classical Java monitors, before Java 5.]

The above is true, of course.  Even so, it is possible to design bounded
buffers with loop-free logic.  One way uses 3 monitor objects: one on
which the pushers must first lock, another for the pullers and the third
to sort out contention between an (at most) single puller and (at most)
single pusher for the actual buffer (and on which the wait/notifying
gets done).  We don't need notifyAll because there is (at most) one
party to notify.  We don't need a loop round the wait because there
is only you waiting for that notification (except for that darn spurious
wakeup).

But you probably won't like that approach because of the performance hit
from the extra lock that needs to be acquired?  Humm ... maybe that hit
should be reduced a couple of orders of magnitude ...

Mis-quoting Brian (apologies):
> I share your hopes, but ... <snip> ... this is in the same category
> as hoping to wake up taller tomorrow.

Nevertheless, it can be done ... though maybe we need a fresh start.

A comment on performance was made:
> OS'es which permit spurious wakeups may do so because by doing so
> because they can improve overall performance.  Again, I refer you to the
> fair/nonfair issue with locks.  Sure, fairness is prettier, but
> starvation-free nonfair locks can be implemented a lot more efficiently.

and, earlier, someone mentioned that imposing "fairness" cost 2 orders
of magnitude extra overhead?  But low cost "fair" algorithms -- for example
for concurrent-read-exclusive-write (CREW) locks have long been around.
One is given and documented in the JCSP library:

  http://www.cs.kent.ac.uk/projects/ofa/jcsp/jcsp1-0-rc4/jcsp-docs/jcsp/lang/Crew.html

(though please read the "Cautionary Note" in the above).

Another comment on Hoare's "real" monitors:
> > Clean mathematical abstractions are *necessary* (though not sufficient)
> > for clean - and, hence, fast, simple and efficient - systems.  Hoare's
> > mathematical abstractions have proved pretty successful in guiding some
> > really spectacular engineering developments that deal with real messy
> > life.
> 
> Except that a monitor-based design for a system of even moderate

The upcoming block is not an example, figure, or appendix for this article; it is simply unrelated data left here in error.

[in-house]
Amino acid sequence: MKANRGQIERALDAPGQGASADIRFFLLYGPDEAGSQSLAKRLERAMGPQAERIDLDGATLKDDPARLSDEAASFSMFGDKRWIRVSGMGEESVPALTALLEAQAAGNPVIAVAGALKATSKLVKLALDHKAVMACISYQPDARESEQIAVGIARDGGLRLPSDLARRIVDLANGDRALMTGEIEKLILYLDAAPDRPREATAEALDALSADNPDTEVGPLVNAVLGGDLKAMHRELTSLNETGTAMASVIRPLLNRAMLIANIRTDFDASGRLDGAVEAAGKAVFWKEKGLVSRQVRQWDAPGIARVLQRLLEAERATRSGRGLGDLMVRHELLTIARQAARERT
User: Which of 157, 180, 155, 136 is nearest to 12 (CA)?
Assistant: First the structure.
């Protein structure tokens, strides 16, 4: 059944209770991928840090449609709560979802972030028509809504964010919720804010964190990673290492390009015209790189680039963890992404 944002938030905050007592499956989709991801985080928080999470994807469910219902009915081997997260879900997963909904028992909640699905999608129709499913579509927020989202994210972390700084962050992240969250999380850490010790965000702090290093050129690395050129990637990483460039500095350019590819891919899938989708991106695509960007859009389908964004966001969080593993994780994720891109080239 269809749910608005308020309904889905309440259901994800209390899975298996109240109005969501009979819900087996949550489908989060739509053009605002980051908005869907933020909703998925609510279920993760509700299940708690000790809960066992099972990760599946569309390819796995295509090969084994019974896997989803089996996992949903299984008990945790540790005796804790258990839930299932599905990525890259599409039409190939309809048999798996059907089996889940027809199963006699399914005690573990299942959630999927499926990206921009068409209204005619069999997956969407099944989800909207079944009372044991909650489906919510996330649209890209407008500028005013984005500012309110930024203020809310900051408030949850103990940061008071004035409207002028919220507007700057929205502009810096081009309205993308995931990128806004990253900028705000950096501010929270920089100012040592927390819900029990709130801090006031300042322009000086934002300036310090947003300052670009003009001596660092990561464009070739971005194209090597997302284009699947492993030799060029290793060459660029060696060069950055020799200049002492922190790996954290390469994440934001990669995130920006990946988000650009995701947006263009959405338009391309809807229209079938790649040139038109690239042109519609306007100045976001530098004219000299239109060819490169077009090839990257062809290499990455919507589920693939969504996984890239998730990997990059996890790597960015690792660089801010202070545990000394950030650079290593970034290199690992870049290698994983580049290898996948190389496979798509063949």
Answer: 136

> complexity will almost certainly deadlock.  This is (one reason) why the
> monitor-like approach that Java uses was taken over "real" monitors.

The "Except ..." sentence is way too strong and unsupported by evidence
or explanation.

Also, Java monitors may be less prone to deadlock -- but they are still
very prone to it -- but are, in consequence, more prone to livelock ...
which may be worse ("will I ever get out of this wait-loop?").

Finally, Doug wrote:
> 3. We hope that people will increasingly use the more convenient,
> semantically cleaner,  and often significantly more efficient
> medium/higher level constructs that java.util.concurrent offers
> rather use monitor/condition operations at all. In fact, whenever people
> post on this list that they are using them, I often wonder to myself
> what higher-level construct we might put in j.u.c. that they could use
> instead.

Yes.  The original Java monitor design is specialised for certain
kinds of threading logic and works well if that's what you want.  But
it's not really a "low-level" concurrency primitive on which you can
build what-you-really-want-to-do, get-it-right and get-it-efficient.

Rebuilding from a highly efficient lower set of primitives -- and,
thank you, offering those primitives -- seems a much better bet.

My interest is building concurrency mechanisms on top of CSP (and,
recently, pi-calculus) primitives.  These are not so far from Doug's
set, :).

If any are still reading and were curious:

  http://www-128.ibm.com/developerworks/java/library/j-csp2/
  http://www.cs.kent.ac.uk/projects/ofa/jcsp/

Really must update the latter!

Peter.